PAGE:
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Daredevil high diver Ray Woods leaps from Seattle's Aurora Bridge on March 17, 1935.

HistoryLink.org Essay 10280 : Printer-Friendly Format

On March 17, 1935, daredevil high diver Ray Woods (1908 - 1942) leaps from the George Washington Memorial Bridge (Aurora Bridge) in Seattle and survives. Known for his death-defying leaps in cities across North America, this is his 160th successful dive.

The High Life

Woods, a carnival high diver, began leaping from bridges in 1926 as a way to make money. His first few jumps were near his hometown of St. Louis, and in 1928 he traveled to New York hoping to gain some publicity by jumping off of the Brooklyn Bridge. He performed the stunt three times, but when he only got a few inches of newspaper space, he returned to St. Louis after exclaiming, "New York is only a hick town. The mugs in this burg don’t know if they're alive and most of them don’t know what the whooping is about" (Meriden Record, July 18, 1926).

Unwilling to give up, he began looking for other bridges to leap from. Soon he found that many cities welcomed the daredevil, and that local businesses would pay him to advertise their products after a successful leap. At one point he almost made $20,000 for a leap from Table Rock at Niagara Falls, but a rock fall at the site a week before the event led to a cancellation of his appearance.

When Woods announced his jump from the Aurora Bridge in Seattle, he noted that it would be his highest jump yet. The five-year-old bridge had already gained a sad reputation as a spot for suicide jumpers due to its height of 164 feet. No one had yet survived the fall.

Thousands Watch

On the day of Woods' daredevil stunt, crowds of people started showing up at around 2:00 p.m., and within an hour the Aurora Bridge was filled from side to side, as was the Fremont Bridge below. Thousands more lined the shores of the ship canal, as well as the northern slopes of Queen Anne Hill. In all over 50,000 people were in attendance.

At 3:00, Woods climbed on top of a wooden box placed near the bridge railing directly in the center of the span. The crowd cheered as he stepped over the railing, facing the roadway with his back to the water, the sunlight playing off his red hair and red bathing suit. The cheers went silent as Woods stepped backwards, off into space. He bent at the waist as he plummeted downward, flipping his legs up so as to enter the water arms first.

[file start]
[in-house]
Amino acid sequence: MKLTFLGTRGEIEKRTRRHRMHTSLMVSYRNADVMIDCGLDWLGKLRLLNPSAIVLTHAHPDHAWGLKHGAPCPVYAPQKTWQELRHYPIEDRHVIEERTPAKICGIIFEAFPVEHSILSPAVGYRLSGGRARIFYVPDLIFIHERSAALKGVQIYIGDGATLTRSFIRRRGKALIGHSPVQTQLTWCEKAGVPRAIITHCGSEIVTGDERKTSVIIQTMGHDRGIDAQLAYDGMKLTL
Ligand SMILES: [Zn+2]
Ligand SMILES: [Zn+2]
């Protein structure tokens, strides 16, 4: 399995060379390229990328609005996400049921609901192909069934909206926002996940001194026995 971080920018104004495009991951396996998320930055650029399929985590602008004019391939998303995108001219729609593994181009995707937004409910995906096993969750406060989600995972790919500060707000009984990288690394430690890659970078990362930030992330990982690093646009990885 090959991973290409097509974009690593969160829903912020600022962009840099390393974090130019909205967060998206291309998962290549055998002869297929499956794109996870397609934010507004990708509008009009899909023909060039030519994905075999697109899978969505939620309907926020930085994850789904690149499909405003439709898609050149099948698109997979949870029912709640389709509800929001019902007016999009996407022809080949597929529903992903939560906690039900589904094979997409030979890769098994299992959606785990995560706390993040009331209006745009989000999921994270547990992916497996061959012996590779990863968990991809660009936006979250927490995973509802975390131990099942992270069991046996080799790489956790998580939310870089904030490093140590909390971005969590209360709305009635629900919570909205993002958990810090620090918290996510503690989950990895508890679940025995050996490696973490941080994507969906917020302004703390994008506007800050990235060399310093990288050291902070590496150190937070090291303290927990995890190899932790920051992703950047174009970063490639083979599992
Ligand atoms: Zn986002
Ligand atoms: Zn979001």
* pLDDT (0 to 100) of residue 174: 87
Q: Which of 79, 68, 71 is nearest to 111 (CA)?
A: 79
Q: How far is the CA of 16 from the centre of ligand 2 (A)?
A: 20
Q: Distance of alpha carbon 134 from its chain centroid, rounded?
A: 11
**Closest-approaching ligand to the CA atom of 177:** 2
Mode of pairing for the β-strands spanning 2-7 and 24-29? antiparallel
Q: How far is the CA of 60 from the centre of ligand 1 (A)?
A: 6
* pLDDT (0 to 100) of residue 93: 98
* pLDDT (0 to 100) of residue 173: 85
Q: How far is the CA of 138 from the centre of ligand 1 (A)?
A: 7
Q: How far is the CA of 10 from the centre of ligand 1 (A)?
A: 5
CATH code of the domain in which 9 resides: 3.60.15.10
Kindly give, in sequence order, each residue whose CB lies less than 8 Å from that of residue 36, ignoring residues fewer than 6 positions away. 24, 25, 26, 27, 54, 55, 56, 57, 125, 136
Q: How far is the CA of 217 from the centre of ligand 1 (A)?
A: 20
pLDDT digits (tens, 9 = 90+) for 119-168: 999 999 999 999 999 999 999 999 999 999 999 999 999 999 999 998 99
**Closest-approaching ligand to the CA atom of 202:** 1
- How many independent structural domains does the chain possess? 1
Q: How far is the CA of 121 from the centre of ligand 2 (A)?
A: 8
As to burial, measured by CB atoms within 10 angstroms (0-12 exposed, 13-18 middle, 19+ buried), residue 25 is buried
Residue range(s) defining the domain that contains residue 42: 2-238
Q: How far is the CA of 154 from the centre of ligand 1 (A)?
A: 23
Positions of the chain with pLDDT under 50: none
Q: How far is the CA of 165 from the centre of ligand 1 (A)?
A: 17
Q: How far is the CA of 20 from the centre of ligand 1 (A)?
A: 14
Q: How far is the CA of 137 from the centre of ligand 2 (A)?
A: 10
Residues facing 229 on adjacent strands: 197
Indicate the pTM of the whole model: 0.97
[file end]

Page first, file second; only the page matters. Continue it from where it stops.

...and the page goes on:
Woods hit Lake Union hard, his body almost at a 45-degree angle, not perpendicular as he had hoped. The crowd remained silent as he floated there without moving, but when he raised his arms to signal that he was okay, the cheers rang out again. Whistle blasts erupted from all of the nearby pleasure boats.

Pretty Tough

Woods was pulled from the water aboard the cruiser Fellowship, where he was kissed by his wife, Bernice. She asked how he felt, and he replied, "Pretty tough!" After waving once again to the roaring crowd, he turned to address the bridge. "You gave me an awful beating," he said while smiling, "That's the toughest dive I ever made" (Seattle Post-Intelligencer, March 18, 1935).

After the daredevil was taken ashore, he was given a quick rub-down by Washington Athletic Club trainer, Ted Dash. Before the jump, Dash recommended that Woods wear a rubber chest protector.  Upon examination, he noticed that the protector had burst open in four places, and probably saved Woods' life.

After the Big Jump

Bruised and battered, Woods spent the next few days in Seattle advertising Ford automobiles for the William O. McKay Company. Afterward he traveled to Vancouver, British Columbia, where he made a successful dive from the Burrard Bridge -- an event that was first banned by the police, but then overruled by Vancouver Mayor Gerry McGeer (1888-1947).

One month after Woods's jump in Seattle, another suicide attempt was made from the Aurora Bridge, but this time the jumper survived. On May 15, a 20-year-old student nurse from Virginia Mason Hospital fell to the water, and suffered only a dislocated hip and a fractured collar bone The Seattle Post-Intelligencer noted that because she jumped from the railing and not the bridge deck, she had beaten Ray Woods's record high dive by three feet.

Woods's bridge-jumping career ended in 1937, when he was blown off balance during a 186-foot leap from the San Francisco-Oakland Bay Bridge. He shattered five vertebrae, paralyzing him from the shoulders down. Although doctors told him he would remain bed-ridden for the rest of his life, Woods eventually began swimming again, and was able to walk with the help of leg braces. He later told the press, "I dived because I loved to travel and that was the only way I knew to see the country and get paid for it. I have no regrets" (Fairport Herald-Mail, "March 16, 1939).

Woods died in 1942 when he fell off a boat during a fishing trip and drowned.

Sources:
"The Diary of a New Yorker," Meriden Record, July 18, 1926, p. 6; "Bridge Jumper May Set New Record Today," Seattle Post-Intelligencer, March 17, 1935, p. 3; "Worst Beating He Ever Took Asserts Diver," Seattle Post-Intelligencer, March 18, 1935, p. 3; "Aurora Span Dive is Almost Fatal," The Seattle Times, March 18, 1935, p. 13; "On Jump Ahead," The Seattle Times, March 24, 1935, p. 14; "Coast Bridge Leap Made by Stunt Artist," The Calgary Daily Herald, May 3, 1935, p. 13; "Given 18 Months to Live, Daredevil Fools his Doctors" Fairport Herald-Mail, "March 16, 1939, p. 4.


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Ray Woods leaping from the Aurora Bridge, Seattle, March 17, 1935
Courtesy Berkeley Daily Gazette


Aurora Bridge, Seattle, 1935
Courtesy MOHAI


 
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